Pittsburgh Business Transaction Lawyers
KM&A’s corporate and business attorneys work with clients spanning a wide range of fields, from real estate partnerships to moving truck companies. Because the legal aspects of corporate transactions often interact with related fields like business and employment law, our partners and associates cooperate as a team so as to offer the most comprehensive guidance on business transactions.
Contracts for Purchase or Sale of Goods
For commercial buyers and sellers, contracts are the foundation to successful business transactions. All business owners know that shoddy legal work and form contracts jeopardize business deals; fewer truly realize the significant benefits that well-tuned contracts offer. A thoroughly drafted legal document is much more likely to withstand judicial scrutiny should a dispute arise, protecting your business’s interests and allowing you to confidently execute deals with little worry of unexpected repercussions.
Many contract disputes do not involve any willful intent to deceive, but instead arise out of miscommunication, diverging expectations and the ill will that is inevitably fostered by both. This is why one of our top priorities in drafting, not just transaction contracts but all legal documents, is to bring clarity to all of the salient terms. When contracting parties walk away with different understandings of the document they agreed to, the contract’s framers have failed, and the contracting parties are much more likely to end up in court.
An experienced team of commercial and business attorneys reduces this risk by cutting down on superfluous words and by drafting essential and protective clauses into the document. Even something relatively simple like clear and sensible formatting can reduce misreads. Attorneys accustomed to evaluating documents line by line with their clients ought to know which language and formatting work for and against the reader, but unfortunately many of firms appear deaf to these concerns. As a business manager, be aware of the unseen costs associated with mediocre documents that these firms churn out.
Commercial leases are typically much more complex than residential leases as they must plan for a larger number of contingencies and comply with additional state and municipal regulations. Our business and commercial law specialists discover potential pitfalls in these agreements and present a comprehensive outlook of the range of options available to our commercial clients.
Our advice to clients seeking to sign a commercial lease is centered on making sure that the property your business leases is best suited for its intended purpose. While this sort of advice is highly dependent on the context of the deal, business operators should be aware of the issues potentially ruinous to their project or organization.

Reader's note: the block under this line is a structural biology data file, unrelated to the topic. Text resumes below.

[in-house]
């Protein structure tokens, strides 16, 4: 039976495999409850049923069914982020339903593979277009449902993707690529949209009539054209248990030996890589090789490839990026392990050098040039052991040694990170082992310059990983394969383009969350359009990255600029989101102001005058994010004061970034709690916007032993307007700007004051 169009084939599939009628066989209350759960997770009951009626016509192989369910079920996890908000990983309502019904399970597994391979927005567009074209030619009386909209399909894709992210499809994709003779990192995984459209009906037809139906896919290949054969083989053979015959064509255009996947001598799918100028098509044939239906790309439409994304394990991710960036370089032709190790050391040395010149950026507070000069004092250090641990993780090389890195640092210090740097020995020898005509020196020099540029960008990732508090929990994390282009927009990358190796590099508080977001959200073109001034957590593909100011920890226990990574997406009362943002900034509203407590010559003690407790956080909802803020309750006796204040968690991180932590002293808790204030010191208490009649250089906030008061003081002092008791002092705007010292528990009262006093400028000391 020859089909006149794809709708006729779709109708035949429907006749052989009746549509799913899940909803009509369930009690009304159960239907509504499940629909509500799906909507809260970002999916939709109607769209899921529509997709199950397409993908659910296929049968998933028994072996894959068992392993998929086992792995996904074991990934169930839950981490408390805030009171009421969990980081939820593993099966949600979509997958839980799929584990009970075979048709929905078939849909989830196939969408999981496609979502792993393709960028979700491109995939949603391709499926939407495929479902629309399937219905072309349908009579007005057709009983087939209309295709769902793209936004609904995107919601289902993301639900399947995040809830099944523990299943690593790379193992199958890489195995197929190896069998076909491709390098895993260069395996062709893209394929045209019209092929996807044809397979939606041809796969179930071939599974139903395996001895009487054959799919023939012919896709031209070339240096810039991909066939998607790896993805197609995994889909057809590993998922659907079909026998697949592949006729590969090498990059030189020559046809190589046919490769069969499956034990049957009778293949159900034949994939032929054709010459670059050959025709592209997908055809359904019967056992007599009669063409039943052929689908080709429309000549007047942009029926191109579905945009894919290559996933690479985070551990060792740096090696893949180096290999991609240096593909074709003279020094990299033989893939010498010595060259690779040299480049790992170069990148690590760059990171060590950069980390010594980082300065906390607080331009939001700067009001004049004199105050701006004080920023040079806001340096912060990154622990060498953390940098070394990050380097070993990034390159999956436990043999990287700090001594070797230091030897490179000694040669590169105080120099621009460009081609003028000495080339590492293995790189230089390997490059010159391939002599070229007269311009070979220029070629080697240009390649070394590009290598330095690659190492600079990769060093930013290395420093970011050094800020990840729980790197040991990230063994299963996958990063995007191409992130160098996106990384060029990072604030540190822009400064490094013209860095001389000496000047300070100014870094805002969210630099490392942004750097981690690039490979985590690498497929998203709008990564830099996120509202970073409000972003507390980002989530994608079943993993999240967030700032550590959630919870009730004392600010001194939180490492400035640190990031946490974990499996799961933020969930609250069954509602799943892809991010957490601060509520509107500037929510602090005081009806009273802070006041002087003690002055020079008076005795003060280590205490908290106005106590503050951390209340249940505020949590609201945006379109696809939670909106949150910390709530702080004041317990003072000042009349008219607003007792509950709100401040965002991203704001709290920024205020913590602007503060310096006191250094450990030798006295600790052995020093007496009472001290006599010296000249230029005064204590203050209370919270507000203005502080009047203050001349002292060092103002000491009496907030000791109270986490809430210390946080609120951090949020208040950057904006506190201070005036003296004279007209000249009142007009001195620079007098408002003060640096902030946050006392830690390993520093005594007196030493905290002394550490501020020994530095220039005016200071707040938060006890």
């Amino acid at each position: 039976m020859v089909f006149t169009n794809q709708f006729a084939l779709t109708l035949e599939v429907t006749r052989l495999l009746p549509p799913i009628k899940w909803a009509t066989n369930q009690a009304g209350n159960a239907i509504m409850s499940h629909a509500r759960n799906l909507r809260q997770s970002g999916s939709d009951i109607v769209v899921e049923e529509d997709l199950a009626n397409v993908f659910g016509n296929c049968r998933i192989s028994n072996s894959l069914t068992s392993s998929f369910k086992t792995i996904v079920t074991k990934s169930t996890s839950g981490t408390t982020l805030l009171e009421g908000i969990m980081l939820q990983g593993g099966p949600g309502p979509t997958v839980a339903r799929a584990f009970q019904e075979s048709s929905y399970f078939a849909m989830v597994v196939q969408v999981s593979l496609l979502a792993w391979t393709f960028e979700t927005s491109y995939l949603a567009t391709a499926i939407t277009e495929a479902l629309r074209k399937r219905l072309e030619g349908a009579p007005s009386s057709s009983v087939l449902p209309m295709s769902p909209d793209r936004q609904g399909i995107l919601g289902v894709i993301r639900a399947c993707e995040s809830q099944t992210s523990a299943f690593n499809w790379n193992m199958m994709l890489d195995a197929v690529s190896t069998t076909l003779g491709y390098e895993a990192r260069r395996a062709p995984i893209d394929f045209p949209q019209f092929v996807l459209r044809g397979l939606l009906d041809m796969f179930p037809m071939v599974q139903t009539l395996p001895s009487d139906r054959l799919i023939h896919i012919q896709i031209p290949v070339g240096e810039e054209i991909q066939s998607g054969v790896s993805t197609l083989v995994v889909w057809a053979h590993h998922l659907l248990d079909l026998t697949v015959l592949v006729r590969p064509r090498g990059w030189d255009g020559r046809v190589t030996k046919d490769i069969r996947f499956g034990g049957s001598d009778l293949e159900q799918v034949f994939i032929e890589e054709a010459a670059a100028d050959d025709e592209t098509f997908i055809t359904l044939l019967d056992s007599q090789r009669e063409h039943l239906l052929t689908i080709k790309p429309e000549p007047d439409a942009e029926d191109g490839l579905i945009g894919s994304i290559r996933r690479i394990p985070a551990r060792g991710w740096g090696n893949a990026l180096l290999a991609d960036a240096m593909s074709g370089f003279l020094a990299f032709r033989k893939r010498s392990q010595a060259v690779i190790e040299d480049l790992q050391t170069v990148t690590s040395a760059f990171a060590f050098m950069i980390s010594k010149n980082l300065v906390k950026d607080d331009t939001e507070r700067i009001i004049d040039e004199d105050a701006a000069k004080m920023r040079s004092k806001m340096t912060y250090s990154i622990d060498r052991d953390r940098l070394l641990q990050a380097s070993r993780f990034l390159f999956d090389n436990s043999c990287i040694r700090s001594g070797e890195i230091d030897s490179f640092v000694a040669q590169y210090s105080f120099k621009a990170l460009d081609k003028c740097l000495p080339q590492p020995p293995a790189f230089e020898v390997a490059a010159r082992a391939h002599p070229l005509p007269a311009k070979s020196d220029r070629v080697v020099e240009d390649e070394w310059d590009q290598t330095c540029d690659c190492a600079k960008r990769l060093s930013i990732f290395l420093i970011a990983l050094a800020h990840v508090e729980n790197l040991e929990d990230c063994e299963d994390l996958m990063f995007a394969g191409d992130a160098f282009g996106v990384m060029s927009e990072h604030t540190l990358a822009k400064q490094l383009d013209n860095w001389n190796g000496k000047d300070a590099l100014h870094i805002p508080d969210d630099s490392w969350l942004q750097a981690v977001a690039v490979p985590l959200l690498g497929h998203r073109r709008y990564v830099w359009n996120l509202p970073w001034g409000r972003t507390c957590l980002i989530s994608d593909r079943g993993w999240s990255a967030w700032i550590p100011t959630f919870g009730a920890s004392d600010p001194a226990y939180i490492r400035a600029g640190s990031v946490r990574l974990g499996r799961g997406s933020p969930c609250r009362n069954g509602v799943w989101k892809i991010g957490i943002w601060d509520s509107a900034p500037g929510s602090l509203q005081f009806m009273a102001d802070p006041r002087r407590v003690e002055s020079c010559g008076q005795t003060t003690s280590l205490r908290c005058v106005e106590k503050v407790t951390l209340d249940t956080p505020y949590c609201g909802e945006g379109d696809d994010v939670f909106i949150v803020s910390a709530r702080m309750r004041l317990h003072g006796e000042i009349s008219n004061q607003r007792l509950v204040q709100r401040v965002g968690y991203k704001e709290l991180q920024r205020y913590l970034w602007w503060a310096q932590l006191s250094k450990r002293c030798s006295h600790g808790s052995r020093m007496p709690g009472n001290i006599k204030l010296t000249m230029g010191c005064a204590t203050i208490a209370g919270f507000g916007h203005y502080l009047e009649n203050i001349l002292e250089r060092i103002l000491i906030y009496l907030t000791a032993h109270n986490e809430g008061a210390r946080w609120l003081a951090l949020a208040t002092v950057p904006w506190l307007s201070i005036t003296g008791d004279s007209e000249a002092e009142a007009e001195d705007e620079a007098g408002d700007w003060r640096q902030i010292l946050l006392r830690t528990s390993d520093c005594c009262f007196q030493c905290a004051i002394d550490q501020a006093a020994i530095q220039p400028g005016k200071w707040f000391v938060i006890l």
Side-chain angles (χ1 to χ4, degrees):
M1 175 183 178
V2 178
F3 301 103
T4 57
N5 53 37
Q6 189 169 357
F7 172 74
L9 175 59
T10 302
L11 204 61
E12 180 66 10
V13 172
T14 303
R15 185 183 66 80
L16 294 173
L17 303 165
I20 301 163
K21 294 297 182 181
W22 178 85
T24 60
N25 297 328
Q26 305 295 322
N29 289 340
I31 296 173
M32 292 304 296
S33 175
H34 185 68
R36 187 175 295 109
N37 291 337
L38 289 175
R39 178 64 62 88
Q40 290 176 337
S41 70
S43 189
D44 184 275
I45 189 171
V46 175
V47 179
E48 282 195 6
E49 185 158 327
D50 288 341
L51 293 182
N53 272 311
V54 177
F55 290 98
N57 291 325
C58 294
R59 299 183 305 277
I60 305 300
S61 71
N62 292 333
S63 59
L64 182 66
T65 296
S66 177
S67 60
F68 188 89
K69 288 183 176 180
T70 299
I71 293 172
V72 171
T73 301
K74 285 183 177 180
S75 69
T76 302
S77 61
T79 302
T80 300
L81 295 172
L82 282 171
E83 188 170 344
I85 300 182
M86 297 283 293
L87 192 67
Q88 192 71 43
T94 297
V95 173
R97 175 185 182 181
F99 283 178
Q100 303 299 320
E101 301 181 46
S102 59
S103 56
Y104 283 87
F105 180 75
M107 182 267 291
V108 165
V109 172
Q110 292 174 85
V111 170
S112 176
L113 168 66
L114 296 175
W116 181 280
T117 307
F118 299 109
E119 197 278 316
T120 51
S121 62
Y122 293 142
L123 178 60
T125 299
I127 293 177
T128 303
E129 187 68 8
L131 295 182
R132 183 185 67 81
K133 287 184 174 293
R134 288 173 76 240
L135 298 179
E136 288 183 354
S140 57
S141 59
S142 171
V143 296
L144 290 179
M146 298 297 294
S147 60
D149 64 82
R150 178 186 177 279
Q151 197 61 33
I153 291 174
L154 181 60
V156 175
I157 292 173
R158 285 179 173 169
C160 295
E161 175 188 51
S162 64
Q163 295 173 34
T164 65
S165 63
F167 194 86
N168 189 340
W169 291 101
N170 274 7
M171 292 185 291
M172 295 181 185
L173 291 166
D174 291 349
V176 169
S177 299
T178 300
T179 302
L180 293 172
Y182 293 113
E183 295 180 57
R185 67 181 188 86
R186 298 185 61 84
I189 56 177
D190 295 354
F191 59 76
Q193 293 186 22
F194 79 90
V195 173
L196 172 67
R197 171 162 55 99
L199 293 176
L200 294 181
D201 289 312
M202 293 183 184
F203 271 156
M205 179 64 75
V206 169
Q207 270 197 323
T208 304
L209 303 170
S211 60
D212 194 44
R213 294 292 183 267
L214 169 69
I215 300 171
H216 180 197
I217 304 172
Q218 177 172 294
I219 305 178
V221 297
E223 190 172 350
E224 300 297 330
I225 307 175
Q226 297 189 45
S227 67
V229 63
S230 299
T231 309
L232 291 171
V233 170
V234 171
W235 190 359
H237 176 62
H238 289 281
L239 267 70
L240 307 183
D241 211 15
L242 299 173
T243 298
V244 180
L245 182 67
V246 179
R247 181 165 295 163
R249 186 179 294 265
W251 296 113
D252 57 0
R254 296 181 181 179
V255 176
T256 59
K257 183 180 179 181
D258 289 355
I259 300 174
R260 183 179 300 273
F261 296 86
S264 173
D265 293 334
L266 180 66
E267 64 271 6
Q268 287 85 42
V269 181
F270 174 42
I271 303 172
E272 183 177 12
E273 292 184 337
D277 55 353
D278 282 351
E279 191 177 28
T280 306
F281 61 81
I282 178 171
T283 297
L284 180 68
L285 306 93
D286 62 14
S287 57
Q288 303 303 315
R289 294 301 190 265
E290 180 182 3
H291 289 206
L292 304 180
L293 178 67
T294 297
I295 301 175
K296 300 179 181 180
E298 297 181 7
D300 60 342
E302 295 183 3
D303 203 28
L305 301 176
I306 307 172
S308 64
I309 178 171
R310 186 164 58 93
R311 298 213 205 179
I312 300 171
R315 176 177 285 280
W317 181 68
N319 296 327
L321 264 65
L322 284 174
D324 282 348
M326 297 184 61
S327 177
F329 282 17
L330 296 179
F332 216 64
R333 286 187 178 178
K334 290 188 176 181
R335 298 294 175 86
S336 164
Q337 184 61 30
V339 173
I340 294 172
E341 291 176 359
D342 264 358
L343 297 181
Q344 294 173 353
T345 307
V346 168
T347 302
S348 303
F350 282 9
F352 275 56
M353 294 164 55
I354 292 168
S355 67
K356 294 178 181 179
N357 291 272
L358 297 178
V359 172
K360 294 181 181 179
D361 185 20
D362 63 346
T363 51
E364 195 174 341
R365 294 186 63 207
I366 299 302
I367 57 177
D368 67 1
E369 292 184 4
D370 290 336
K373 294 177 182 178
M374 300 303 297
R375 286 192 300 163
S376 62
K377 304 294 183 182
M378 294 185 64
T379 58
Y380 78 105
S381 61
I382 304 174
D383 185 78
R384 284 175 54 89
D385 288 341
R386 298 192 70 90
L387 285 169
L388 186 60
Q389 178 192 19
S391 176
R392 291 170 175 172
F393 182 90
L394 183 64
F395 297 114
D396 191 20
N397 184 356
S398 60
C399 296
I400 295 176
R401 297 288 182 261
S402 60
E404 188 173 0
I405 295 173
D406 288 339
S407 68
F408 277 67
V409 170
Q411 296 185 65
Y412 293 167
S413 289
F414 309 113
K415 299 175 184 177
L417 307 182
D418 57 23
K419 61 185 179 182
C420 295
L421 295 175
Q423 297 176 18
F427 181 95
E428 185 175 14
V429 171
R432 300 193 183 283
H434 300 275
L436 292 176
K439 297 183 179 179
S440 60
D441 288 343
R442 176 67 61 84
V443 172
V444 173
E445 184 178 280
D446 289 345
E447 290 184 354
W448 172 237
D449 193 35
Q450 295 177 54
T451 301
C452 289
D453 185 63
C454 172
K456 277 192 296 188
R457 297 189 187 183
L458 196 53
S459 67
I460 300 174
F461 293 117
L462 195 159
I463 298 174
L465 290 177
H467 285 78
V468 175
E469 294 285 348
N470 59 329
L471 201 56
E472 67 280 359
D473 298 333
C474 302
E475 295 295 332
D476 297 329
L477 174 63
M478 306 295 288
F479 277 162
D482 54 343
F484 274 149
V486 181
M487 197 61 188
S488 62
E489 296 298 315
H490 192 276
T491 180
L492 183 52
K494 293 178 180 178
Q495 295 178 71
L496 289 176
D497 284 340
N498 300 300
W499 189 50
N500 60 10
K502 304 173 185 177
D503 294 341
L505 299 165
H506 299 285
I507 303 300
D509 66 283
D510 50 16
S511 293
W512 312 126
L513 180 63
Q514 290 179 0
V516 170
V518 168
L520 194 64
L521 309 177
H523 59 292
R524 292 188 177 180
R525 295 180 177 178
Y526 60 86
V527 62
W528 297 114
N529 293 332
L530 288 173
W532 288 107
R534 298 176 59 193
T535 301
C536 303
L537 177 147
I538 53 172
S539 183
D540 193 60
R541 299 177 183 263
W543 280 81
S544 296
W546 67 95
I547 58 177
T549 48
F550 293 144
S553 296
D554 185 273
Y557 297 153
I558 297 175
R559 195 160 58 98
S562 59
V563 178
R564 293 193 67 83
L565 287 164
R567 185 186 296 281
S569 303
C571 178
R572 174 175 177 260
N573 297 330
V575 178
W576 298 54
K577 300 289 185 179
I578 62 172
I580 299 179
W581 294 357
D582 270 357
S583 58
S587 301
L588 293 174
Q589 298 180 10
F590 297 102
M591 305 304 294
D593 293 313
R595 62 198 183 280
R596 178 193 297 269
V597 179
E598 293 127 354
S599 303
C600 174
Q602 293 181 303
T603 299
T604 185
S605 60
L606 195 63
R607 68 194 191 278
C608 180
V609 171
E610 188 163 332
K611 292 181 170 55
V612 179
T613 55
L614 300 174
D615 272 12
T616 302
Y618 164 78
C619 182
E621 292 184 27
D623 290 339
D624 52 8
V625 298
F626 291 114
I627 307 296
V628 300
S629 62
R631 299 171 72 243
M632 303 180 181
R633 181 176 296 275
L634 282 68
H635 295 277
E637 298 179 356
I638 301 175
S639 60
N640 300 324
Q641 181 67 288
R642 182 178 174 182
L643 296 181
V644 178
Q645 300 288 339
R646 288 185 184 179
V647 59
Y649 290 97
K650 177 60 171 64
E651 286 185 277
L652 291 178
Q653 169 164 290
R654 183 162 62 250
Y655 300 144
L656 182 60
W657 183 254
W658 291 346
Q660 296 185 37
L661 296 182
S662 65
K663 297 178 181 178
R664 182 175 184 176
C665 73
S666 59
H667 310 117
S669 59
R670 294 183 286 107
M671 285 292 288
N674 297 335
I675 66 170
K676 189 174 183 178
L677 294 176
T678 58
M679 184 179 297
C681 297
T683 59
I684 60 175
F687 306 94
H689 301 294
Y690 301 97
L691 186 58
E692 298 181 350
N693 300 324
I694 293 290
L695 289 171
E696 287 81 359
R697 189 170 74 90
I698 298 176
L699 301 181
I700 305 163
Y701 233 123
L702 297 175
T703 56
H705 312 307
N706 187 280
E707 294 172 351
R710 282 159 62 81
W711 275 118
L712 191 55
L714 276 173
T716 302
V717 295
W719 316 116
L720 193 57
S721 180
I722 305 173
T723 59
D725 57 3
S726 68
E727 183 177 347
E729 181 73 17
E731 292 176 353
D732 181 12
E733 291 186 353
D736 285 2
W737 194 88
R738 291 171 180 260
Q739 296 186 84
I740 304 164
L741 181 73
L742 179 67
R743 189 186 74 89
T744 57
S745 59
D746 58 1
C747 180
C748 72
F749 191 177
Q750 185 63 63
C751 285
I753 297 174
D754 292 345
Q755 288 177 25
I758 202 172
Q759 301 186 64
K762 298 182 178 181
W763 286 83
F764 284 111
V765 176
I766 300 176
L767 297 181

A major part of running a business is complying with municipal and federal regulations, and a well planned commercial lease minimizes your risk of fines or litigation. As an example, the Americans with Disabilities Act requires business accessibility for disabled people. The lease should stipulate whether the landlord or the tenant is responsible for any improvements that are necessary to comply with regulations and statutes.
The Uniform Commercial Code (UCC)
The responsibilities and rights of buyers and sellers of goods and services are laid out by Article 2 of the Uniform Commercial Code (UCC). In Pennsylvania, courts only enforce commercial contracts that adhere to the specifications detailed in the UCC.
UCC Implied Warranty
Even when a commercial seller does not include a warranty for their goods, an implied warranty, as set forth by Article 2 of the UCC, requires the goods to conform to certain minimum standards. Goods must be fit for their particular purpose, of ordinary quality, properly packaged and labeled. This implied warranty applies as long as the sold goods are normally provided by the seller. For example, if a Scranton paper sales company decided to sell some used computer equipment, the implied warranty of the UCC would not apply because it is not the sort of item a paper company ordinarily offers for sale.
For commercial sellers, disclaimers on express and implied warranties help to avoid conflicts with dissatisfied buyers. With some limits, the UCC permits sellers to disclaim express and implied warranties.